By G. Kevin Mathis, Fall 2018 IAC Student Intern
On August 14th, the Securities and Exchange Commission’s (SEC) Investor.org website issued the following alert: check the background of anyone selling you an investment. That statement may seem just as obvious as me saying that puppies and kittens are adorable, even toddlers acknowledge that their animal counterparts are cute.
Sometimes we forget the obvious such as failing to research our investment advisers as much as our investments themselves. At least that is what some recent investment legal news may indicate. The SEC filed a complaint against alleged recidivist stock manipulator, Howard M. Appel, July 27, 2018. Appel is a former licensed stockbroker with two prior securities-fraud related convictions. The SEC complaint alleges that after convincing unwitting investors to purchase shares in the penny stocks, Appel allegedly used his secretly acquired blocks of shares in the stocks to manipulate the prices of the publicly traded companies. Appel along with his co-conspirators allegedly orchestrated a scheme that allowed him to work around his FINRA bar. One of his co-conspirators, a licensed stockbroker, allegedly created nominee accounts that allowed Appel to act as a broker. Appel then allegedly used insider information he gained as a “consultant” for the firms to raise the stock prices, then sell his shares in the firms to the investors that he recruited. Appel’s alleged scheme netted him between $3,000,000 and $4,000,000.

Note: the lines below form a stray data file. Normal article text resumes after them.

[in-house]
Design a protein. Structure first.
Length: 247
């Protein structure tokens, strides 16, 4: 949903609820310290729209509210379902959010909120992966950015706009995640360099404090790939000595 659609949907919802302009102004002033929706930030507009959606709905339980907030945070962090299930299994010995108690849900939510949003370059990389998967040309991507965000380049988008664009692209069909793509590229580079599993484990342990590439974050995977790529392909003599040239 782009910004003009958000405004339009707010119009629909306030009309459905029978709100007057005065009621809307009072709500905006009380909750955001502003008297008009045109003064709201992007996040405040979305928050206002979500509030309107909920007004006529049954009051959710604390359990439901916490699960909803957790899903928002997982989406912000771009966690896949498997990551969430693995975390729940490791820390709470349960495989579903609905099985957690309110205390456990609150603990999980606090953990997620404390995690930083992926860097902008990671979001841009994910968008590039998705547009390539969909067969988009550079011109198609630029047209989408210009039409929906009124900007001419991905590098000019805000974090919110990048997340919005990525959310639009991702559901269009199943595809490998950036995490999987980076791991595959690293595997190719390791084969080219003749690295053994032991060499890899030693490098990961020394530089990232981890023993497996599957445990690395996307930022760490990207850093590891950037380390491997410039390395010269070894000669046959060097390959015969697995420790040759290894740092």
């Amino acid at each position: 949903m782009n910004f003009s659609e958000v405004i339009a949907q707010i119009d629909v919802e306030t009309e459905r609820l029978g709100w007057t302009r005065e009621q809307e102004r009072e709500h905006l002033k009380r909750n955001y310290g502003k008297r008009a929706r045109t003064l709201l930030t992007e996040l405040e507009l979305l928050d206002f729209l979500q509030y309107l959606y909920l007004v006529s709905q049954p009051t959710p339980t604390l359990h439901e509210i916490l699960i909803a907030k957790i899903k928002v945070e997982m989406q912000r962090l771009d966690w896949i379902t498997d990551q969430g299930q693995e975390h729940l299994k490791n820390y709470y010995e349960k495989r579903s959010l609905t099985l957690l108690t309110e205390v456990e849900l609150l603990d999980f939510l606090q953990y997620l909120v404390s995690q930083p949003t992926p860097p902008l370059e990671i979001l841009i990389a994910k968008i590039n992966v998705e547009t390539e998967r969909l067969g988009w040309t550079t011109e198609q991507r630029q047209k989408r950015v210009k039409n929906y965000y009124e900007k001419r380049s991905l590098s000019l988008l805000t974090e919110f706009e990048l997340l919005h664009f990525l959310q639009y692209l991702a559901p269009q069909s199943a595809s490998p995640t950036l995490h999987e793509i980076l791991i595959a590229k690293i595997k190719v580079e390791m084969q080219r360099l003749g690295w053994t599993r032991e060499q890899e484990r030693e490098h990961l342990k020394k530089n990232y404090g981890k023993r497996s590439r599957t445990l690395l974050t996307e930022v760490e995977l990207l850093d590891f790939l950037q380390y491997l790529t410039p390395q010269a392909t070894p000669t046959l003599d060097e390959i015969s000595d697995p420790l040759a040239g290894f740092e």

This legal news is just a reminder that we should use the same diligence when researching the past performance of the advisers we plan to invest with as we use when researching the past performance of the securities we plan to invest in. So, even though we may not need studies explaining why the sky is blue, we do need reminders on how and why we should check the background of anyone selling you an investment.